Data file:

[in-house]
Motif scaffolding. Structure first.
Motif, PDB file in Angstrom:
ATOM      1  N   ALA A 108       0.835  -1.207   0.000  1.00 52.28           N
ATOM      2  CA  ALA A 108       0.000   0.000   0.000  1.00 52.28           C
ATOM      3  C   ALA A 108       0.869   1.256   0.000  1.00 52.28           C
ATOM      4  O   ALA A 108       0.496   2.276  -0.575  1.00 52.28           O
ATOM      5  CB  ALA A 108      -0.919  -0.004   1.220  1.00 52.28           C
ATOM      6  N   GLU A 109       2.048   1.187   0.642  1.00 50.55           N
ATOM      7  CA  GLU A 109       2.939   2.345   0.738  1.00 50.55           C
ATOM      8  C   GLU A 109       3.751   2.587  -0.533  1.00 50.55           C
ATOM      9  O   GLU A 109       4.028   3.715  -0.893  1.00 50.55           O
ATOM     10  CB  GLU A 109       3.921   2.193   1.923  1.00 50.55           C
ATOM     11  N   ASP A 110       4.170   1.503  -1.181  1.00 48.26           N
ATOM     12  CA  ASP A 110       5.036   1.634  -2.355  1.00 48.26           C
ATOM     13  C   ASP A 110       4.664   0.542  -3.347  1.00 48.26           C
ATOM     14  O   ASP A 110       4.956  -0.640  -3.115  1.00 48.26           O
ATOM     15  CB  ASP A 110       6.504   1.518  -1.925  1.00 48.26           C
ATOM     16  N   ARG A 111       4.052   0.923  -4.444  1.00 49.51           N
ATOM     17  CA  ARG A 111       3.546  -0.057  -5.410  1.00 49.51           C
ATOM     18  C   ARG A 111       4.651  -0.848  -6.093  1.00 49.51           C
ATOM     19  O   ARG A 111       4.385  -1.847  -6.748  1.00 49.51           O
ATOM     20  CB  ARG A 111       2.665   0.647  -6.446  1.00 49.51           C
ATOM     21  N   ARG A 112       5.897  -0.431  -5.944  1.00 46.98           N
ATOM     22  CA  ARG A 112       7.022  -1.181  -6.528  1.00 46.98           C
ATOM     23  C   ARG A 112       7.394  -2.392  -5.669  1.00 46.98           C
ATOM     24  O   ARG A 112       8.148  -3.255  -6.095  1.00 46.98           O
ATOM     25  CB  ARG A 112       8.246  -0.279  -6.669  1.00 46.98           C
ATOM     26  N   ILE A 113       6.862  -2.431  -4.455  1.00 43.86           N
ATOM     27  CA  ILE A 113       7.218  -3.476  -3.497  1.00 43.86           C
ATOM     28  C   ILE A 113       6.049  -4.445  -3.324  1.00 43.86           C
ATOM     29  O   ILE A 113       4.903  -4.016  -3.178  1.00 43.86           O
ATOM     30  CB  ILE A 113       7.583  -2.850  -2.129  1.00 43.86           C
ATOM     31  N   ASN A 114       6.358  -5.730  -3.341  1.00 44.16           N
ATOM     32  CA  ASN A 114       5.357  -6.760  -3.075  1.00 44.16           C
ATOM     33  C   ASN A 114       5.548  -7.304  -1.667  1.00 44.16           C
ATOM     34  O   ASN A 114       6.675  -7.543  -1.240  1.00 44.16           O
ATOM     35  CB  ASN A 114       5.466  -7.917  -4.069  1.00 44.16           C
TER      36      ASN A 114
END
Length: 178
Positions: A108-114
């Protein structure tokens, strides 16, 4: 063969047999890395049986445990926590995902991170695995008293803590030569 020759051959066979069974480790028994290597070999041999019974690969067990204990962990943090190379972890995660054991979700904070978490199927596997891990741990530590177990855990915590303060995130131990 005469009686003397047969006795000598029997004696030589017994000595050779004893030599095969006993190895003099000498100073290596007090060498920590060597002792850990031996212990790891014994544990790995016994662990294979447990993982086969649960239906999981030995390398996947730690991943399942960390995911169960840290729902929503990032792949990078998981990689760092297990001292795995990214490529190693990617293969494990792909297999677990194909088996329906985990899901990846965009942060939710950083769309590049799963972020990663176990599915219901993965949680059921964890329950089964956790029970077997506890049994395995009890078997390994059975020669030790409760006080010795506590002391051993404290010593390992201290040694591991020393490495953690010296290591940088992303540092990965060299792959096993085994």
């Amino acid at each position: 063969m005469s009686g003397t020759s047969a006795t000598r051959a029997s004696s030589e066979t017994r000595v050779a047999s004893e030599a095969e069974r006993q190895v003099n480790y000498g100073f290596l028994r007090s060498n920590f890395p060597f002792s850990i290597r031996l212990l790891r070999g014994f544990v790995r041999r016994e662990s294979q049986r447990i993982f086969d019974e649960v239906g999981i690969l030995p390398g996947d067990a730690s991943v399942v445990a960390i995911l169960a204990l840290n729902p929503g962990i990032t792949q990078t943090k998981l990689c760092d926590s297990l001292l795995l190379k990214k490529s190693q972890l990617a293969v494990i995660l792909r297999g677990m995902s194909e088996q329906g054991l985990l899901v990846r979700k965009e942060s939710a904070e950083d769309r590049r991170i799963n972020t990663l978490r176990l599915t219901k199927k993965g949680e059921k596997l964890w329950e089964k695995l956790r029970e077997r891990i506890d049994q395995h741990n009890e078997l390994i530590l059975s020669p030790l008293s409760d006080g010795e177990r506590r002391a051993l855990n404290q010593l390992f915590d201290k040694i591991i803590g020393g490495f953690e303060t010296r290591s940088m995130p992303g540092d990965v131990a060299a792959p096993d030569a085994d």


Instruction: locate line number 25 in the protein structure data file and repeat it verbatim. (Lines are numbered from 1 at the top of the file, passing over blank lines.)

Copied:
ATOM     22  CA  ARG A 112       7.022  -1.181  -6.528  1.00 46.98           C